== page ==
The Difference Between Burglary and Theft
When you think of burglary, you likely conjure images of jewelry thieves cutting into glass cases at night. While burglary is often related to theft, it doesn’t have to be. It refers instead to unlawfully entering property with the intent to commit a felony or to steal. Knowing the difference can help you not only understand the charges brought against you, but help you defend against those charges too.
Unlawful entry is not the same thing as breaking and entering. If a building is unoccupied but open, the law still considers going into it an unlawful entry. Similarly, if you go onto someone’s property without being invited, that satisfies the unlawful entry part of the definition of burglary. Even if you walk through a open door when no one is home, if the owner didn’t invite you, you have unlawfully entered the premises.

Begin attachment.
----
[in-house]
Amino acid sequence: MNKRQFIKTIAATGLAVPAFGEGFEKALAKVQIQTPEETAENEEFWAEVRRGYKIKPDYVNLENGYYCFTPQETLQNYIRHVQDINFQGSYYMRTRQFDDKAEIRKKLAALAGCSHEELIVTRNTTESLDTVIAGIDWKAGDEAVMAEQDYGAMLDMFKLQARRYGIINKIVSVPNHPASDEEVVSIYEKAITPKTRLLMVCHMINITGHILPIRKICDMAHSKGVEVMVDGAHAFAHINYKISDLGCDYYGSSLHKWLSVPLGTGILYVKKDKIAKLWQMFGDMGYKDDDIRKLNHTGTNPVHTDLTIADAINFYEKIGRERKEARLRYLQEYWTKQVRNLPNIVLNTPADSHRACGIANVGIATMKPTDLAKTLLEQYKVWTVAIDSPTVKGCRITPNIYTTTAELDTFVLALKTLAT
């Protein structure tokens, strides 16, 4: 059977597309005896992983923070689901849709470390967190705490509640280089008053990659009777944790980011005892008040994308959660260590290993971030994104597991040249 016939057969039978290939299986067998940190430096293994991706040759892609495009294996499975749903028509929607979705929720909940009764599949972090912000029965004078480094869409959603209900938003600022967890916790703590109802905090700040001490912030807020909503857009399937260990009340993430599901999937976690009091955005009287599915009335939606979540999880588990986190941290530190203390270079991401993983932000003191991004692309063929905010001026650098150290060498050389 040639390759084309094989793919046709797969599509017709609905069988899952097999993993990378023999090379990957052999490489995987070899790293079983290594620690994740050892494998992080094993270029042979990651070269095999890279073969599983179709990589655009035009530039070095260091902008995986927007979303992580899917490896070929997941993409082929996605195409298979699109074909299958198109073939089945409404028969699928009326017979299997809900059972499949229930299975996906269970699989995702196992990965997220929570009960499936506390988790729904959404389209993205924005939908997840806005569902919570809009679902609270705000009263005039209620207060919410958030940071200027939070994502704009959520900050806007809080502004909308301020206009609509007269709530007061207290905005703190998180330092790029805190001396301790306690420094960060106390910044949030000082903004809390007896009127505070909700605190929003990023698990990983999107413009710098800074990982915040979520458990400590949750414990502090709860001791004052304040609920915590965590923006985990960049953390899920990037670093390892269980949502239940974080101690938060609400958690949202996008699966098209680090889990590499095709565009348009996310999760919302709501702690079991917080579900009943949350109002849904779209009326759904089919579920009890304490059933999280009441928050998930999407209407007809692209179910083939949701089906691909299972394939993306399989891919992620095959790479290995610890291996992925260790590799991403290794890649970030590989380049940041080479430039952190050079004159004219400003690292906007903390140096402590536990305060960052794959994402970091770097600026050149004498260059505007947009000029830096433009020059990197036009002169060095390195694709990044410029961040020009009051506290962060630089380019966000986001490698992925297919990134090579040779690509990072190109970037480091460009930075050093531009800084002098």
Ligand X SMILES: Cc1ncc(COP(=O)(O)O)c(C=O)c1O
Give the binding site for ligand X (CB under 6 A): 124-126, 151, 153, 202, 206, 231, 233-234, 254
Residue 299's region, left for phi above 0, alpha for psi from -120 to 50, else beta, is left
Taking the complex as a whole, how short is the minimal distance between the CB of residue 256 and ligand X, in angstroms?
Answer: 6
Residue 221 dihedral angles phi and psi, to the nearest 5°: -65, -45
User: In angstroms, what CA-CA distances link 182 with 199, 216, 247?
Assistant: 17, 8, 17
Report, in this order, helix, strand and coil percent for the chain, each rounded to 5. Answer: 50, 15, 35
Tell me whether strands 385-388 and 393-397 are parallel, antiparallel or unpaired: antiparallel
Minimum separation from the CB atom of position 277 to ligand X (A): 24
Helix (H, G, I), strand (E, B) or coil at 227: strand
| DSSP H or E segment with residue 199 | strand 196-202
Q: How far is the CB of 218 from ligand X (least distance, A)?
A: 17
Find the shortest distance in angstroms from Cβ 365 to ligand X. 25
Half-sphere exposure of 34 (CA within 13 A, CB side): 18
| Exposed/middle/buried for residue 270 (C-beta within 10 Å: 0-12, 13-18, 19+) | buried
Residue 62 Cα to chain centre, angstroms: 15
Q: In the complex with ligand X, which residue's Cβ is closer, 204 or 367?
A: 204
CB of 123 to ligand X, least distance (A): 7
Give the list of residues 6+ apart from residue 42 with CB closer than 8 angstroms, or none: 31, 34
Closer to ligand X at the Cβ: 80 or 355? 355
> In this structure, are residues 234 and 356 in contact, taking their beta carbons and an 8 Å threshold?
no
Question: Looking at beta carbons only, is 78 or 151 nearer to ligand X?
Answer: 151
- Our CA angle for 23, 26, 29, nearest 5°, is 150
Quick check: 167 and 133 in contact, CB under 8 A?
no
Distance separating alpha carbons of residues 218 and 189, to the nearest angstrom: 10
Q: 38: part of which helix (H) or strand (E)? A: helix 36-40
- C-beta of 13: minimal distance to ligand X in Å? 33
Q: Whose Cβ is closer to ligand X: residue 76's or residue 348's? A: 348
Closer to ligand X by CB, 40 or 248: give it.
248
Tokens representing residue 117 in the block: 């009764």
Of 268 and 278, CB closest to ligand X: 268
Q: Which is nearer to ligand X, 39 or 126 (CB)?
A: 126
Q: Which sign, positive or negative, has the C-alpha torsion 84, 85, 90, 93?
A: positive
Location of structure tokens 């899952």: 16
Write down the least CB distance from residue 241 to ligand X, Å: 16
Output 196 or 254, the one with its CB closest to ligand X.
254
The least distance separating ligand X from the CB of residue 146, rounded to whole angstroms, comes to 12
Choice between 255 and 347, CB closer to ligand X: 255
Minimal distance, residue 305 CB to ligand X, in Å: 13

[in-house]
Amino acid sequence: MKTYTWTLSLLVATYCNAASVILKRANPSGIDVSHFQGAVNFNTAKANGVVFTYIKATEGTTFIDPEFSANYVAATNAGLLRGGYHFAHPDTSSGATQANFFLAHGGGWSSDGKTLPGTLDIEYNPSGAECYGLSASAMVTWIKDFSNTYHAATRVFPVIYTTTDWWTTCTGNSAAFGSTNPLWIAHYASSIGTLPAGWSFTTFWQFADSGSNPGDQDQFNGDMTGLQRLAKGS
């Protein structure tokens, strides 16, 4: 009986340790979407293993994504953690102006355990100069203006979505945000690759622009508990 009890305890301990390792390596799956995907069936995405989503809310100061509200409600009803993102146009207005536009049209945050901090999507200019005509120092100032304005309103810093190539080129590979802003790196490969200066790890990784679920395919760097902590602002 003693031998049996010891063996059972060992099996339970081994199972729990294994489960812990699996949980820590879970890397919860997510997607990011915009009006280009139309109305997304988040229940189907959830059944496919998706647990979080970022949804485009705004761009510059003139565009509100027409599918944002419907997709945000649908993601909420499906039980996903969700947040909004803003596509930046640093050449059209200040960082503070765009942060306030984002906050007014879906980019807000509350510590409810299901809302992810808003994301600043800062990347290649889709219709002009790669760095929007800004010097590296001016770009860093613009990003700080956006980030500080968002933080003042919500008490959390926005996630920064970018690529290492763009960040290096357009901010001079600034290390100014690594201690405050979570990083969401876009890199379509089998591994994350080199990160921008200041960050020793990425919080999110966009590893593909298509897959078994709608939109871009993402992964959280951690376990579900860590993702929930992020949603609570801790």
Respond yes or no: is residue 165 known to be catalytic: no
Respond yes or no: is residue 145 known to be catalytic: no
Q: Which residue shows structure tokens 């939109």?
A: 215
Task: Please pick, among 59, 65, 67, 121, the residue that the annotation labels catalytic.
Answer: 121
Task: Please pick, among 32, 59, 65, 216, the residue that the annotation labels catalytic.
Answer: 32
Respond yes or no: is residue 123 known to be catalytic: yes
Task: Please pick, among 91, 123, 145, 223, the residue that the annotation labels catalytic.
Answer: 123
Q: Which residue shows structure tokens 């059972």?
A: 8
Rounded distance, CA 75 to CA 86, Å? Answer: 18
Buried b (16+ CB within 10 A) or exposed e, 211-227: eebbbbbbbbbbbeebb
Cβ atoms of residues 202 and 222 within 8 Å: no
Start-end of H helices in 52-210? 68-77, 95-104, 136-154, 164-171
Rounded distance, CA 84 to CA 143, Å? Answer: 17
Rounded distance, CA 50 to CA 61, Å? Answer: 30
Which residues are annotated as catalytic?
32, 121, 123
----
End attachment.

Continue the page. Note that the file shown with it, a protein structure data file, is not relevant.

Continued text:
Intent to Commit another Crime
Burglary does require another step, but you don’t just have to steal anything to be found guilty. All it requires is that you intend to commit a felony. So long as you enter uninvited with the intent to commit a felony, you can be found guilty of burglary.
Defending Burglary Charges
Being arrested and charged with burglary does not always mean you are guilty, or will be found guilty. If you were asked to check on your neighbor’s house, you are not unlawfully entering. Similarly, if you can show your intent had nothing to do with committing a felony, you are not guilty of burglary.
Defending yourself against burglary charges is not simple, and you don’t want to go it alone. You need an experienced criminal defense attorney who understands not only the law, but how to establish your defense in court. If you have been charged with burglary, contact Eisenberg Law Offices online at https://www.eisenberglaw.org/contact-us/, or at (608)256-8356. We will give you the defense you deserve.